Svargāpavargadā स्वर्गापवर्गदा (764)

She gives svarga or heaven and liberation. Svarga or heaven is a respite for the soul, if the soul is embedded with good karmic account.  Apart from pains or pleasures through the gross forms that souls manifest, they have to undergo pains and pleasures in hell or heaven. Kṛṣṇa says in Bhagavad Gīta (IX.21) “Having enjoyed the extensive heaven world, they return to this world of mortals on the stock of their merits being exhausted.”

Svarga is heaven and apavarga means liberation, the emancipation of the soul from bodily existence, exempted from further transmigration also known as mokṣa.  Liberation is of two types.  One is jīvanmukti which means he attains liberation when he is alive.  Another is videhamukti which means liberation after death.  Both these liberations can be attained only through knowledge. A jīvanmukta, however may still posses subtle hidden seeds of past actions that have not been totally destroyed by the fires of the wisdom.  Some of them destroy these remnants of past material karma by certain work in the astral cosmos. 

[For further reading:  It is said that souls take strange forms in heaven or hell.  It is also explained that such forms do not have mouths to eat and drink.  They feed themselves through their nose.  It is also said that they are fond of smell arising from roasting sesame seeds (It is known as til seeds or sesamum indicum).  Annual ceremonial rites for ancestors are performed to appease the souls of the ancestors.  During such rituals, sesame seeds are used to invoke the souls.)

Śuddhā शुद्धा (765)

She is pure.  She is the embodiment of purity.  Purity gives knowledge, that is required to attain liberation, discussed in the previous nāma.  Stains are called as ignorance.  She is devoid of any stains. 

Japā-puṣpa-nibhākṛtiḥ जपा-पुष्प-निभाकृतिः (766)

Japā-puṣpa means hibiscus flower.  She has the complexion of hibiscus flower (deep red or crimson) is mentioned in dhyāna verse.  

Ojovatī ओजोवती (767)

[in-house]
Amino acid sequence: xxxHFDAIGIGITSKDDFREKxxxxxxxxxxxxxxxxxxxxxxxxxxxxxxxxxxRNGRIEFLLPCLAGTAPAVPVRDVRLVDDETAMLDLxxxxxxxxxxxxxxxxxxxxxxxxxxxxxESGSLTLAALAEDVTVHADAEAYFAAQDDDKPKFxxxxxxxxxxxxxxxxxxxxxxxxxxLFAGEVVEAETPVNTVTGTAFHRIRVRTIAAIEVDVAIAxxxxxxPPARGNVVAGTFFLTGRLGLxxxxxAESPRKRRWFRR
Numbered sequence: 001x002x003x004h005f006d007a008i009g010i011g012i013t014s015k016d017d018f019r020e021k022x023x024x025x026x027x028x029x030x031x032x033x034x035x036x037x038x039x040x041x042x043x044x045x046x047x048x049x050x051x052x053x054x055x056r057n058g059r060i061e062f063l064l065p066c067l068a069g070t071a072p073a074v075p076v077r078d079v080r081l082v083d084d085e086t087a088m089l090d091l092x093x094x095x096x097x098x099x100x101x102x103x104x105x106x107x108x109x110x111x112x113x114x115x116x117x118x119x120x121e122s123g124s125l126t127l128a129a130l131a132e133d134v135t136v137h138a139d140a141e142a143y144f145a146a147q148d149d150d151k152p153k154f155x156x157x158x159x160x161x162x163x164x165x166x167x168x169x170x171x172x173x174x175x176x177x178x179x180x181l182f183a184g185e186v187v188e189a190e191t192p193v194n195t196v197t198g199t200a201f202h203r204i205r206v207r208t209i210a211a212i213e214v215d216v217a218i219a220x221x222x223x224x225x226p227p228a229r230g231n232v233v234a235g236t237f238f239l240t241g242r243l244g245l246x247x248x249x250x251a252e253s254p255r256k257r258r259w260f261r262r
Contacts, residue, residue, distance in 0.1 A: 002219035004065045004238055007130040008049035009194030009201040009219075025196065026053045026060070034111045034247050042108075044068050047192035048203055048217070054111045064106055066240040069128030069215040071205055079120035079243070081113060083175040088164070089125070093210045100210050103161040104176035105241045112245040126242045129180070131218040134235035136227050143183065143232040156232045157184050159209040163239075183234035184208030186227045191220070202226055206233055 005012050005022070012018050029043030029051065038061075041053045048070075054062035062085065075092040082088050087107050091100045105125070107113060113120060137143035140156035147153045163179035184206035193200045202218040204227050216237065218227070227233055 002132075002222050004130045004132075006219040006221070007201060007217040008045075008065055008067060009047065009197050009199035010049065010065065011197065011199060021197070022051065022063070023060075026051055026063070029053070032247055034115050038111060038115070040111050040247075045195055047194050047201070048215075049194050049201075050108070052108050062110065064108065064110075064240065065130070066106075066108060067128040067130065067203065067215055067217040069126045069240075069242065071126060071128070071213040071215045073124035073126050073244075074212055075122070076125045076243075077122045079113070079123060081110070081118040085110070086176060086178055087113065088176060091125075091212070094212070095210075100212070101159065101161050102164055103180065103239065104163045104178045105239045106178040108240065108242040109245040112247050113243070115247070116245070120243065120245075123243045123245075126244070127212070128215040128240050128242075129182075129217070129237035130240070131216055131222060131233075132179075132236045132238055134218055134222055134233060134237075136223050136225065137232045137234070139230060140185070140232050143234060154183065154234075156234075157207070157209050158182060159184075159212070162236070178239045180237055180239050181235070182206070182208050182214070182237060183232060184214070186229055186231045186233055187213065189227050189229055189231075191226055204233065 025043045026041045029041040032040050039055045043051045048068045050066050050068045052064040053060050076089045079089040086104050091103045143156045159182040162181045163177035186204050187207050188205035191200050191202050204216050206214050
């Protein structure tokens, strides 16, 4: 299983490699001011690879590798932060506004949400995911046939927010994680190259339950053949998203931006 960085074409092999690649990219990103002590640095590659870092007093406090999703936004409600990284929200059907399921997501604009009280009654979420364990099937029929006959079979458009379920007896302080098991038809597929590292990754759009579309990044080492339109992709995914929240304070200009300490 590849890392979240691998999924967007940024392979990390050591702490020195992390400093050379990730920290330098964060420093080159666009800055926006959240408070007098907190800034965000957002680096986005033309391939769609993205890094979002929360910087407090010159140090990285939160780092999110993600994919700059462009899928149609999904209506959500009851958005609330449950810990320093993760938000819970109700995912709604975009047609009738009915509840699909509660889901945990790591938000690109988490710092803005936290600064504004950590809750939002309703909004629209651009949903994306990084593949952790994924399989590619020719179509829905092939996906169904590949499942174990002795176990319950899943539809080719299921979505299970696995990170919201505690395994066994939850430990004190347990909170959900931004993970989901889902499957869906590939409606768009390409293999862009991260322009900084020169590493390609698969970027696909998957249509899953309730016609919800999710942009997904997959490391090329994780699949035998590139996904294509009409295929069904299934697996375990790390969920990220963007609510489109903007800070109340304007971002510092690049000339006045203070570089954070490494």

Ojas means body vitality, the principle of vital warmth and action throughout the body.  Ojas is said to be the eighth substance of a body.  This is a sentient life energy prevailing in the spinal cord.  This is the combination of five cognitive senses known as jñānendriya. Whatever is consumed, food or perceptions first get transformed into ojas in the spinal cord. 

Ayurveda says that there are seven dhātu-s (ingredients) in the body.  They are chyle (lymphatic fluid), blood, flesh, fat, bone, marrow and fluids of procreation (Some say ten by adding hair and skin).  Ojas is said to be the eighth dhātu.  Ayurveda classifies ojas as parā-ojas and aparā -ojas.  Again there are two different interpretations as to its location and quantity.  Apart from what is detailed above, it is said that quantity of ojas is equal to half of the volume when both the palms are joined together in the little finger areas. 

The other theory says that ojas which is the substratum of life is of eight drops only in quantity and is located in the heart.  But it is accepted that there is no life possible without ojas.  It marks the beginning of the formation of the embryo.  It is also said that ‘it is this ojas where the soul is lodged after the union of sperm and ovum’ (Charaka Samhita XXX.9).  This clearly explains the importance of Śaktī in human life.  She is in the form of ojas. This also affirms that She resides in the heart.

Dyuti-dharā द्युति-धरा (768)

She radiates brilliantly.  This illumination is due to initial and final stages of “I” consciousness.  This I consciousness is known as aham in Sanskrit.  Aham is the comprehension of the entire cosmos, which is the expression of the creative brilliance of Śaktī

Yajña-rūpā यज्ञ-रूपा (769)

Viṣṇu is the Supreme authority for yajña-s.  Yajña means fire ritual where oblations are offered with mantra recitations.  Agni, the lord of fire is the carrier of oblations to the concerned deities.  Yajur Veda says Yajño vai Viṣṇuḥ which means yajña is Viṣṇu (vai means certainly, the stressing factor.  This is rarely used in Rig Veda and often used in Atharva Veda).  The purpose of yajña is sacrifice.  Kṛṣṇa says in Bhagavad Gīta (X.25) “among yajña-s I am japa yajña” (super conscious chanting of mantra-s is japa).  Viṣṇu Sahasranāma nāma 445 is yajñaḥ.  Based on the above information, it is said that She is in the form of Viṣṇu

Going by the Vedic interpretations, yajña means devotion.  Vedic literature says that yajña means oblations or offerings.  She is the most devoted or She is made up of sacrifices, because most sacrifices are done in Her favour (Śaktī worship and tantric rituals). It is said that the greatest form sacrifice is worshipping one’s own self.

Priya-vratā प्रिय-व्रता (770)

She is fond of vows.  Vows mean refraining from certain acts through saṃkalpa or determination.  Mostly such vows are done for appeasing gods and goddesses.  She is also pleased with vows made to other gods and goddesses.  She is pleased on account of two reasons.  The first point is that She is the Brahman (both nirguṇa and saguṇa).  Second aspect is that the entire universe is the manifested form of Śiva and Śaktī (puruṣa and prakṛti).   

Kṛṣṇa also says in Bhagavad Gīta (VII.21) “Whatever divine form a devotee chooses to worship with reverence, I stabilise the faith of that particular devotee in that very form.”